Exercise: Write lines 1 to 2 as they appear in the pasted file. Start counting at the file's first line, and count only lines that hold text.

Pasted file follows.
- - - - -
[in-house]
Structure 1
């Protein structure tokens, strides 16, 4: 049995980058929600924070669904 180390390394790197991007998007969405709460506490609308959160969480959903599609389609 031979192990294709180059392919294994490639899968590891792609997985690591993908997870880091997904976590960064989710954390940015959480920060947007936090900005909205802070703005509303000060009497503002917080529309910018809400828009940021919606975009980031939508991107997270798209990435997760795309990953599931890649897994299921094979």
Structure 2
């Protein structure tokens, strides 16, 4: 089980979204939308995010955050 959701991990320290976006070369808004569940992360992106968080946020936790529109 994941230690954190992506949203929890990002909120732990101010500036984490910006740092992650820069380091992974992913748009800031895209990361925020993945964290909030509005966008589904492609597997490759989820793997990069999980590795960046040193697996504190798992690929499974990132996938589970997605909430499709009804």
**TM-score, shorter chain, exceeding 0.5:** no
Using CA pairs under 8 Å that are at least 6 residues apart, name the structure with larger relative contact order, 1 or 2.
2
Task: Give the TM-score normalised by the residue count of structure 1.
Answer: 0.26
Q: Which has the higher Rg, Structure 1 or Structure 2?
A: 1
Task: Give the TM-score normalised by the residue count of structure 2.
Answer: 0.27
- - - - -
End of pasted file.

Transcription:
[in-house]
Structure 1